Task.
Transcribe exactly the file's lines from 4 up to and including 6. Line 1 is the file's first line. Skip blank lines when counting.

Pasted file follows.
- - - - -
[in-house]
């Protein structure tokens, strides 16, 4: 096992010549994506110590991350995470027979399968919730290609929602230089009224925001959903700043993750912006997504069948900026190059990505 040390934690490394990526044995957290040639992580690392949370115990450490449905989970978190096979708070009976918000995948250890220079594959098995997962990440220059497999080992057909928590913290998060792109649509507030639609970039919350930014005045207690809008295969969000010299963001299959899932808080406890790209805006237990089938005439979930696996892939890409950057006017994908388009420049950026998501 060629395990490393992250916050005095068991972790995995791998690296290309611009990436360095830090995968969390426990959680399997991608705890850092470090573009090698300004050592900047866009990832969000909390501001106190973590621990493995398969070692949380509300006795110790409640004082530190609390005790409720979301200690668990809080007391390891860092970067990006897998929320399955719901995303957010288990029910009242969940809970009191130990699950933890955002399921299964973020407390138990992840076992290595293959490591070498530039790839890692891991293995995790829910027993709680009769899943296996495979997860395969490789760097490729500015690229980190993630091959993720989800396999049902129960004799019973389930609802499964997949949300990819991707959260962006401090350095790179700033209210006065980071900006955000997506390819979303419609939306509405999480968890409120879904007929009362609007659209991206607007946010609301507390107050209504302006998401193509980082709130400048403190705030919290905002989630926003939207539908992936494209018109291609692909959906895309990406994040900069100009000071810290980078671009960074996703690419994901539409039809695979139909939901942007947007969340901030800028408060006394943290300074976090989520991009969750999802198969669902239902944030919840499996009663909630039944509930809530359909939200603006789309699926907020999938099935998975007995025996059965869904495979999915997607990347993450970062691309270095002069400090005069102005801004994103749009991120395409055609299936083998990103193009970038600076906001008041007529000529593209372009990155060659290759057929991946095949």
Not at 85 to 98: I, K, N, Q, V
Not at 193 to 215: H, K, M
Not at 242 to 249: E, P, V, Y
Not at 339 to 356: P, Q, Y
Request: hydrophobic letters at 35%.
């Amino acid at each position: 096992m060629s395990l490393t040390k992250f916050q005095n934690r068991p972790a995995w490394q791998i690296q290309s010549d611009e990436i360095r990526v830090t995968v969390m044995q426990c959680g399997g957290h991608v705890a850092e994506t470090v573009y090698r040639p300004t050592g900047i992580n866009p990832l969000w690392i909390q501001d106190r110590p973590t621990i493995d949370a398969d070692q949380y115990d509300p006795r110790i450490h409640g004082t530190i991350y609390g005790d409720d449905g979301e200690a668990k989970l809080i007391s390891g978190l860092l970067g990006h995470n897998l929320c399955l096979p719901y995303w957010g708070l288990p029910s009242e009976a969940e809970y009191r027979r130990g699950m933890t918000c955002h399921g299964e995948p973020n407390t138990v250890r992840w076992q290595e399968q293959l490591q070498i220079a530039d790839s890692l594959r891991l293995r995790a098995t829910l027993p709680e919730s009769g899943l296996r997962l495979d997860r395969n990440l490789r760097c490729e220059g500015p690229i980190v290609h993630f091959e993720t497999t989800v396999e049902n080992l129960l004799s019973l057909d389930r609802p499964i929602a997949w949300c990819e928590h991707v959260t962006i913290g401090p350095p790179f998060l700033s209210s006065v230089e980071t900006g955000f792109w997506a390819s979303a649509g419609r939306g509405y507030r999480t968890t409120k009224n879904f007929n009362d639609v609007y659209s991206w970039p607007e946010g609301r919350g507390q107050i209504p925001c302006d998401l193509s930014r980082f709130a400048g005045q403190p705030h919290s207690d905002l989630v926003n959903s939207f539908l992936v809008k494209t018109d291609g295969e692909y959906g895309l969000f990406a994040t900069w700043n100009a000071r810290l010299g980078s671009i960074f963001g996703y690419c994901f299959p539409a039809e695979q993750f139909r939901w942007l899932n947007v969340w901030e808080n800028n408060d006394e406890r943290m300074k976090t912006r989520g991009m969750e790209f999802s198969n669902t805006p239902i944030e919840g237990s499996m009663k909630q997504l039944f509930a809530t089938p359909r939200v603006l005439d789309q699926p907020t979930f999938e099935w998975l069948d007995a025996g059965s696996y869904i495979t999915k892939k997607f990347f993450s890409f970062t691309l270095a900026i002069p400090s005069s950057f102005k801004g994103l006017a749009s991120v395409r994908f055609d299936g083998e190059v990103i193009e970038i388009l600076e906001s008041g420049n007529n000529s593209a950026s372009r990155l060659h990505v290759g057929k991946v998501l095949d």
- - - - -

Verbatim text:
Not at 193 to 215: H, K, M
Not at 242 to 249: E, P, V, Y
Not at 339 to 356: P, Q, Y